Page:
Joe D'Agostino [12-14-2009]

My cousin Bob D’Angelo and I were altar boy partners. I remember the days in the winter serving the 6:00 AM mass and the only people in the church was the little old Italian ladies wearing all black, still in mourning over the death of a loved one who passe some 30 years ago. . I remember they all seemed to have problems with their stockings, for most of them were worn just slightly above their black shoes and rolled up. One mass that my cousin Bob always reminds me of was a certain 9:00 AM mass on Sunday. Of course, Sunday at 9:00 AM was the “Big Time”. The church was full, and all your classmates were usually there. Seems, that dur- ing the Offertory Part of the mass, I was to ring the bell when the host was raised. Only prob- lem was the “Clapper” broke. I, always was the “Fast Thinker” between the two of us, so when Father York went to raise the Chalice I said “Ding- a- ling -a -ling.” After the mass Bob and I figured we were through as students at St. Mike’s, but instead Father “Fire and Brimstone” York praised us for our fast thinking.
Joe D'Agostino [12-14-2009]

hi everybody from old germantown,anybody remenber woolworths having kids clothes being modeled for xmas.i did that once,they gave us the clothes we modeled. well here's wishing everyone a merry xmas and very happy new year.gg
george greene, retired in gilbertsville [12-14-2009]

I went to Logan Elementary School and we always had a Christmas tree in the school's vestibule and in the classrooms. We made decorations for the trees. We also made gifts for our parents, which were saved by Mom for all these years! Everybody got a BIG candy cane to take home, which usually was broken in at least three places before we got to eat it.
Sheila Denardo [12-14-2009]

I just wanted to say that the Christmas memories on this site are fabulous. I'm sure that we've made good memories for our own families, but the memories that I have of the holidays in Germantown can never be duplicated. You can't get the same feeling from shopping at the mall and taking your grandkids to Friendly's for lunch.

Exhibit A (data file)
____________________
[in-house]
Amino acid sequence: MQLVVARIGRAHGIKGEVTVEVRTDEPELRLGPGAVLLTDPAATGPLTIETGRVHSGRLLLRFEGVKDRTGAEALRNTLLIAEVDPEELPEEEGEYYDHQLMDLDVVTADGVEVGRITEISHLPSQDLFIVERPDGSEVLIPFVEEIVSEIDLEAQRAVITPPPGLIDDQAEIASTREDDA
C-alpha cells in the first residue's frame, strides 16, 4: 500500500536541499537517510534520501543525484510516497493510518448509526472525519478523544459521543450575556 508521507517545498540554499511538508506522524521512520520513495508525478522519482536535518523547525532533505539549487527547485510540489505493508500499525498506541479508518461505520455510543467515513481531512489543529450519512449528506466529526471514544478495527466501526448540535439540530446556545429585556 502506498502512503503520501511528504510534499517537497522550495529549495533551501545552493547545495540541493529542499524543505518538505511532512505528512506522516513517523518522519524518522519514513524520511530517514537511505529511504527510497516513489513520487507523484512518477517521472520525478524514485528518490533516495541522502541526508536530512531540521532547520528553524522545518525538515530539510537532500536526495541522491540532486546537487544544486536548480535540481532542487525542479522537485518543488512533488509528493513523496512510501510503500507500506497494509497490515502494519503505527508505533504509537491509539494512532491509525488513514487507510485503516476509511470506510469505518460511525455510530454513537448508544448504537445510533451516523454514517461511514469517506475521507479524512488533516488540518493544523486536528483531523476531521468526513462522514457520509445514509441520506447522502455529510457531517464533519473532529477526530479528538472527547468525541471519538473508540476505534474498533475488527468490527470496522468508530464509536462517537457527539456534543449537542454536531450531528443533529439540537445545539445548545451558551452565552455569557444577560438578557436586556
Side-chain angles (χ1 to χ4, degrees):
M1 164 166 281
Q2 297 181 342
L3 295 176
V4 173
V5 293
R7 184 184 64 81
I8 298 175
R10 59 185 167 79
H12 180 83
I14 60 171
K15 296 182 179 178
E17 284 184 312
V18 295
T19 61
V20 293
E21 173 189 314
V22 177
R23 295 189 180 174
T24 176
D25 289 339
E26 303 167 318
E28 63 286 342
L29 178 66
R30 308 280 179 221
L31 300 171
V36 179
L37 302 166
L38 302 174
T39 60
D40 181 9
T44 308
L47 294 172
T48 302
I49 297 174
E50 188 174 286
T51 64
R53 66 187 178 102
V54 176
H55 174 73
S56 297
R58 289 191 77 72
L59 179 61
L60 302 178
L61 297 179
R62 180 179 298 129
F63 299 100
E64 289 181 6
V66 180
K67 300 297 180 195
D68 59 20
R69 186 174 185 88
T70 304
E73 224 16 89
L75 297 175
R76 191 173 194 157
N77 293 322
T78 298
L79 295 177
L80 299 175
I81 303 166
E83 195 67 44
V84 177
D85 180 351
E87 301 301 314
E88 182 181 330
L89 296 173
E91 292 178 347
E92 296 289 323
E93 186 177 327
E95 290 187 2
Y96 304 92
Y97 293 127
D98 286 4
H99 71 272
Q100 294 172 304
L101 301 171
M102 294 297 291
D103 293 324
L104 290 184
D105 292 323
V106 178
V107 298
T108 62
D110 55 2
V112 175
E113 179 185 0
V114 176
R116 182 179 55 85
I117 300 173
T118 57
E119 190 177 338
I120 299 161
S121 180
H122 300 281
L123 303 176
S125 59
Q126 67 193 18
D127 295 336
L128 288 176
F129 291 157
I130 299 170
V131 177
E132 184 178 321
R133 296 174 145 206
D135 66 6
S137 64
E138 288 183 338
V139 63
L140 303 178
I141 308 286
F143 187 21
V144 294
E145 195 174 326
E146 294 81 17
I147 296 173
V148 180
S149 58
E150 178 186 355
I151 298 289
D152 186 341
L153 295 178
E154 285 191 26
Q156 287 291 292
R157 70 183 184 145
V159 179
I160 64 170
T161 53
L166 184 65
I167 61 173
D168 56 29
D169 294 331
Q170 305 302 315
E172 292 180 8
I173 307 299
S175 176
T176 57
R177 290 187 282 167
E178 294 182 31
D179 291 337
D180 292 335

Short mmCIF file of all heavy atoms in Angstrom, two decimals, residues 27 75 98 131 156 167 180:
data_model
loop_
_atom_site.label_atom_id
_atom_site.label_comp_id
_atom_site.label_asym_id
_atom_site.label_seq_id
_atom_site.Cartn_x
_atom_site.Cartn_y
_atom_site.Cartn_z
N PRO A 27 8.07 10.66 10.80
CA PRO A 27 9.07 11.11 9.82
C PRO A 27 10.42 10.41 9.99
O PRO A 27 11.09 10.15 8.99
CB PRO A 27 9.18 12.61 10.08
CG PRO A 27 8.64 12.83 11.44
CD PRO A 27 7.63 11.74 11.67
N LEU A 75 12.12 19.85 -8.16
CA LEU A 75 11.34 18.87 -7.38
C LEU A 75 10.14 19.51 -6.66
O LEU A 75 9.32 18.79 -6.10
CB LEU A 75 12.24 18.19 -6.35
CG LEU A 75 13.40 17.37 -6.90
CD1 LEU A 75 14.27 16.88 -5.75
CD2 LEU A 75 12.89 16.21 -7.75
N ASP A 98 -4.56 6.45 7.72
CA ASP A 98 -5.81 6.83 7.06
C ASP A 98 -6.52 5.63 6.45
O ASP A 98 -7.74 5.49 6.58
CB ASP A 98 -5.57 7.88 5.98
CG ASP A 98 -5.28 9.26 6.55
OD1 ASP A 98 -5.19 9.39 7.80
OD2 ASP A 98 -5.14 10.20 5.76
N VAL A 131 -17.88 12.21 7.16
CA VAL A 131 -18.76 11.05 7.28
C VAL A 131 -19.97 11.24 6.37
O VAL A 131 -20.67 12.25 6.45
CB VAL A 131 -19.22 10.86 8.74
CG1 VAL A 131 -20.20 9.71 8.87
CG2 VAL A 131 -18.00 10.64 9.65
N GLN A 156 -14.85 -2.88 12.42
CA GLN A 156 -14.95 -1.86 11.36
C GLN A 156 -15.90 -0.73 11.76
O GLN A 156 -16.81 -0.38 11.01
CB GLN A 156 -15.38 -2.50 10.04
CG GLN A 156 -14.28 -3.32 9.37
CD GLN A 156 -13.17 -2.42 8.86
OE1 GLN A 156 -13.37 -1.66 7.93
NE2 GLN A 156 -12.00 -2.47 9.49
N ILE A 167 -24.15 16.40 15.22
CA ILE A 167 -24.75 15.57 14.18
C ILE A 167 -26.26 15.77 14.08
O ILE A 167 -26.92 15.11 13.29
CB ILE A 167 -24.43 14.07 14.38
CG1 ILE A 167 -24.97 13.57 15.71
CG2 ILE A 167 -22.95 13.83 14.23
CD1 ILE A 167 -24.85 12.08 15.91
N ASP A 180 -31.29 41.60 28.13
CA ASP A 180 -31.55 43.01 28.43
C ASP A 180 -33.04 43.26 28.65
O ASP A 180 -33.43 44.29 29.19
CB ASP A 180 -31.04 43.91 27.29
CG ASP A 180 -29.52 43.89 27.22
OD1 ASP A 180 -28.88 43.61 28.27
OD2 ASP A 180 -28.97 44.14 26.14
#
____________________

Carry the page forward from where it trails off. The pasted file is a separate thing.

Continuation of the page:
Lynne [12-14-2009]

Sister Grace was the best--she has passed. Another good one was Sister Albertine. It is because of these great ladies that Catholic was the best. Not so today because there are no nuns. Firls don't want to become nuns. A favor?? When you write can we use graphs or indents to break up the long paragraphs. And what kind of Doctors are the ones you guys keep referring to here? Joe Taylor
joe taylor, Athens, Ga [12-14-2009]

OMG I had completely forgotten about the hard candy until you posted here, Vera. Weren't they in the shape of animals and they were in a box about the size of animal crackers. Maryalice
Maryalice [12-14-2009]

I'm enjoying the Christmas reminiscence of the sweet days of Germantown past. Vera, I remember the boxes of hard candy we all got at St. Vincents.

Bud are you talking about the dog house ?
rich, huntingdon valley [12-14-2009]

Yes, it always was the coldest day when my Dad decided to put up those strings of big lights of every color....or were those years just colder???? I remember his fingers numb and fumbling with the wires and Mom ironing the red velvet ribbon for our door wreath. Funny how we remember such little things... A year didn't go by that I didn't hope, I had been good enough, so Santa would come... This is a special year, I bought those big bulbs for some of my bushes and I felt like my Dad was right beside me... saying... don't stick your finger in the socket.... I in turn gave my grandson the same advice. Merry Christmas everyone!
Jane Nyce Bender, Immaculate midnight choir...wish I could see it again [12-14-2009]

to ed burke....st.francis of assisi class of 1956 had a reunion october 20, 1979. i still have the program booklet. the booklet contained the list of teach- ing nums 1 thru 9th grade during our grade school years. ed, you mentioned sr. grace winifred, "the best nun we never had". i don't remember sr. winifred. tell us more about sr. winifred.
BUD BALLARD [12-14-2009]

Bonnie Gato: The problem was there was only one ball. Goo liked to shoot it. I only shot it when I had it. We were never on the same team. I played basketball for most of my first 20 years, but I never learned anything about the game until I was too old to play.
Jack Brogan, I'm in Jersey. Exit 5. [12-14-2009]

Does any one remember Elda and Felix Berardi. I am their daughter. Sadly my parents have both passed away very recently.They had so many connections with Germantown. If anyone knew them please share a story with me. Thank you
Christina Berardi Paone [12-14-2009]

Bud Bollard are you thinking of the Dog House or further down at Spring Alley below Wister St there was Marie's Lunchentte.
Patty [12-14-2009]